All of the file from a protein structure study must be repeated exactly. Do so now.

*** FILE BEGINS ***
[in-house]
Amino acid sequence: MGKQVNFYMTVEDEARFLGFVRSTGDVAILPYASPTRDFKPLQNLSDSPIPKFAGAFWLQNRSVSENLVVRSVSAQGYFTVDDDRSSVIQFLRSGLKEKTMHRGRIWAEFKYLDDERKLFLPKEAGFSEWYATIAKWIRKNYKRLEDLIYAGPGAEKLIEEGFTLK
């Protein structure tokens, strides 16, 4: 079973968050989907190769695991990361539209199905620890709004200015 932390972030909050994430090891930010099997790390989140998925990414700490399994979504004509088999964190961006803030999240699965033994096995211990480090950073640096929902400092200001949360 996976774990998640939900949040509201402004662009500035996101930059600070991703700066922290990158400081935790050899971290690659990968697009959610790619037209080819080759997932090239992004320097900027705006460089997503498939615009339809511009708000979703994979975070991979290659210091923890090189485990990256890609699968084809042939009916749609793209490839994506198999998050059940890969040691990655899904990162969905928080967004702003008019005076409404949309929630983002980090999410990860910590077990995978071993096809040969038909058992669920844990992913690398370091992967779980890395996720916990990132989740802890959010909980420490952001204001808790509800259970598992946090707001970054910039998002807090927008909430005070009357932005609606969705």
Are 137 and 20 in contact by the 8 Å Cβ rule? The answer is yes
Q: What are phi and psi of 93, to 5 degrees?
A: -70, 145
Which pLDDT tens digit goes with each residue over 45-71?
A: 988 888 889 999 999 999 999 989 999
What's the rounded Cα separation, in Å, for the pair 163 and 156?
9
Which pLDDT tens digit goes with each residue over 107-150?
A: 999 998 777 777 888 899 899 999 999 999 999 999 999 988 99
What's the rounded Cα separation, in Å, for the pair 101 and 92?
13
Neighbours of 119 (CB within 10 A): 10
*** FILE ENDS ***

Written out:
[in-house]
Amino acid sequence: MGKQVNFYMTVEDEARFLGFVRSTGDVAILPYASPTRDFKPLQNLSDSPIPKFAGAFWLQNRSVSENLVVRSVSAQGYFTVDDDRSSVIQFLRSGLKEKTMHRGRIWAEFKYLDDERKLFLPKEAGFSEWYATIAKWIRKNYKRLEDLIYAGPGAEKLIEEGFTLK
């Protein structure tokens, strides 16, 4: 079973968050989907190769695991990361539209199905620890709004200015 932390972030909050994430090891930010099997790390989140998925990414700490399994979504004509088999964190961006803030999240699965033994096995211990480090950073640096929902400092200001949360 996976774990998640939900949040509201402004662009500035996101930059600070991703700066922290990158400081935790050899971290690659990968697009959610790619037209080819080759997932090239992004320097900027705006460089997503498939615009339809511009708000979703994979975070991979290659210091923890090189485990990256890609699968084809042939009916749609793209490839994506198999998050059940890969040691990655899904990162969905928080967004702003008019005076409404949309929630983002980090999410990860910590077990995978071993096809040969038909058992669920844990992913690398370091992967779980890395996720916990990132989740802890959010909980420490952001204001808790509800259970598992946090707001970054910039998002807090927008909430005070009357932005609606969705």
Are 137 and 20 in contact by the 8 Å Cβ rule? The answer is yes
Q: What are phi and psi of 93, to 5 degrees?
A: -70, 145
Which pLDDT tens digit goes with each residue over 45-71?
A: 988 888 889 999 999 999 999 989 999
What's the rounded Cα separation, in Å, for the pair 163 and 156?
9
Which pLDDT tens digit goes with each residue over 107-150?
A: 999 998 777 777 888 899 899 999 999 999 999 999 999 988 99
What's the rounded Cα separation, in Å, for the pair 101 and 92?
13
Neighbours of 119 (CB within 10 A): 10